It is important to note that just because one branch of the ANS may obviously be engaged at a particular moment, it doesn’t mean that the other is “switched off”. One branch can be more active than the other, or dominant at any one time, but both the PSNS and the SNS are always working to some degree.
The SNS however can take precedence over the PSNS at any point because it represents something superiorly important to the organism: immediate survival.
What influences the PSNS, SNS and HRV?
- Exercise and physical activity/stress
- Mental/emotional stress
- Sleep-wake cycle
- Nutrition and food intake
How to use HRV technology and data to decide when to exercise
All that is required today to track HRV is a Bluetooth heart rate monitor, such as the Polar H7 Bluetooth Smart Heart Rate Sensor, and an app. I have personally tested a couple of the available HRV tracking apps and the one I continue to use and highly recommend is Elite HRV, which is available for both iPhone and Android devices. Here is a screenshot from the app. The red line represents the heart rate and the green line the heart rate variability. Details on how to interpret the data will be in the second part of “The Beginner’s Guide to HRV”.
The first thing you will need to do is to establish your own personal HRV baseline, the level to which your HRV reverts when you are fully recovered from exercise and are not facing any other unusually high levels of stress. To do so, you will ideally need at least a week’s worth of readings (recorded daily), but the longer you take readings, the more accurate your baseline will be.
Taking readings simply requires strapping the heart rate monitor on, firing up the app and relaxing for approximately 3 minutes, whilst the app records your heart rate and Heart Rate Variability data. This is all done moments after waking up each morning, and will give you easily interpreted and useable data about the state of your physiology and your readiness to exercise intensely on that particular day.
Once you have established your personal HRV baseline (via daily app readings), you will be able to tell when you dip below baseline and enter into a SNS dominant state and when you are at or slightly above baseline in a more PSNS dominant state. It is typically the case that immediately after, and during the days following high intensity exercise, HRV decreases.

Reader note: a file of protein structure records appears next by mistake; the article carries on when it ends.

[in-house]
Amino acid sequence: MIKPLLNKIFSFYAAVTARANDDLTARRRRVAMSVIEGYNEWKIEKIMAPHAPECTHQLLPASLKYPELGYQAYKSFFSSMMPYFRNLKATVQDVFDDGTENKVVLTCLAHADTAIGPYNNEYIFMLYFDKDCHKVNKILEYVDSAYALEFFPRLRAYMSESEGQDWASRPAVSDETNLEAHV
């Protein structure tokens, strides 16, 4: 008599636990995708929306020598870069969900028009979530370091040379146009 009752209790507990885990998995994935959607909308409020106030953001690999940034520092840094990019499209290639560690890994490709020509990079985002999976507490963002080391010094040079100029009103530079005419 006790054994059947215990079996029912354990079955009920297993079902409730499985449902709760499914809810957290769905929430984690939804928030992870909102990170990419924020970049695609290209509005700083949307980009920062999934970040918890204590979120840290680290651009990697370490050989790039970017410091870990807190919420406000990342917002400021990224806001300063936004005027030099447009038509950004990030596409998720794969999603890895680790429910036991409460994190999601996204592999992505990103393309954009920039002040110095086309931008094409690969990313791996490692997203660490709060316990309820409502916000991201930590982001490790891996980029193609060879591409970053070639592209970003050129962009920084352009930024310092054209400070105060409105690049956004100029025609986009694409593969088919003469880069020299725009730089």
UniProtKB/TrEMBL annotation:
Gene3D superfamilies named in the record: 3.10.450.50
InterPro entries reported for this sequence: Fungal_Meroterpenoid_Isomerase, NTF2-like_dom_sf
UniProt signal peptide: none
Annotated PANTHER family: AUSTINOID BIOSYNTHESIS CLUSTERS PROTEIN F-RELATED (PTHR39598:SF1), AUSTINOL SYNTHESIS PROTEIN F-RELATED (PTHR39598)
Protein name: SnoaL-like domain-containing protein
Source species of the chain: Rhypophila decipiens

You will want to perform your high intensity workouts on days, when you have recovered from your previous workout and you have returned to, or are slightly above our personal HRV baseline, in other words when you are in PSNS dominant mode.
In part 2 of “The Beginner’s Guide to HRV”, I will cover the merits of the HRV tracking apps and go into much greater detail as to how to use HRV data to schedule intense resistance training workouts for optimal benefit.
- The heart is stimulated to produce a beat by the sinoatrial node.
- The frequency with which the sinoatrial node produces an impulse that will stimulate a heartbeat, is influenced primarily by the Parasympathetic Nervous System and the Sympathetic Nervous System.
- Although it might seem that the heart beats with “uniform rhythmic regularity”, it does not. There is variation in the length of time between each beat.
- Variation is a good thing and measurement of this variation can provide us with valuable insight into the current state of our physiology.
- Inexpensive apps are now available that can measure Heart Rate Variability.
- We can use HRV data to decide when it is optimal to exercise intensely.
How to take readings and interpret them
In the next post, I will be going into details into what kind of apps are available to use, how to take readings and establish your HRV baseline, as well as how to interpret your HRV score.